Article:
In the case of the embodiment of the invention shown, the means for attaching the strap may be such that they prevent successively attaching opposing ends of the strap to the same needle, i.e., prevent the same needle from being used twice during an operation. The retaining sleeve 29 on the end 7 of the needle is thus either permanently attached thereto, or may only be removed therefrom using a tool that has been specially designed for that purpose. This will preclude attachment of the other end of the strap to the end 7 of the needle and prevent reuse of the needle during the same operation. In the case of a permanent attachment of the strap to the needle, the needle 3, together with the retaining sleeve 29, are discarded after the strap 2 has been cut off. If the needle 3 is to be reused, the retaining sleeve 29 may be removed from the needle using the special tool before the needle is cleaned and sterilized.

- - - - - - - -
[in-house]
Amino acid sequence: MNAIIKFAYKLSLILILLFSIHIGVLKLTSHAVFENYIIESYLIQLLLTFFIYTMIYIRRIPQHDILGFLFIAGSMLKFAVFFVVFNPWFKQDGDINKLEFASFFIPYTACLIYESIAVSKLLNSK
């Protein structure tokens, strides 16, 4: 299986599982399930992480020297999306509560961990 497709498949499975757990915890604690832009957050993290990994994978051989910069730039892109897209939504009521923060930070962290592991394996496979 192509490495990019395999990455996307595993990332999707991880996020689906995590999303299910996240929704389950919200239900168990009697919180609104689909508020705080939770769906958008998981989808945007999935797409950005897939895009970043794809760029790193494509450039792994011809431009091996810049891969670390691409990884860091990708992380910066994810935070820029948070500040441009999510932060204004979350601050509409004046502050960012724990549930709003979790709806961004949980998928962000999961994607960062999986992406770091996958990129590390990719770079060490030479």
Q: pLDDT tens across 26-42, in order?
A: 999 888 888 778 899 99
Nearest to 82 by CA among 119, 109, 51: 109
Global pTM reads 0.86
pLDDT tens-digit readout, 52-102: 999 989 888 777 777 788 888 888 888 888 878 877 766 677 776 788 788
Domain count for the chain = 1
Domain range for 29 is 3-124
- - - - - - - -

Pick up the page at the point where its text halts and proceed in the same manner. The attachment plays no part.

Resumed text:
It may also be provided that the needle 3′ has tips 6′ on both ends by, for example, providing that its attachment end 7 is also pointed or has been ground off an angle. Alternatively, it may also be provided that tips for the needle are configured such that they may be attached to the needle 3′, in particular, to the circular rod 4′, as shown in
The instruments shown in
The embodiment of an instrument for emplacing an incontinence strap shown in
The embodiment according to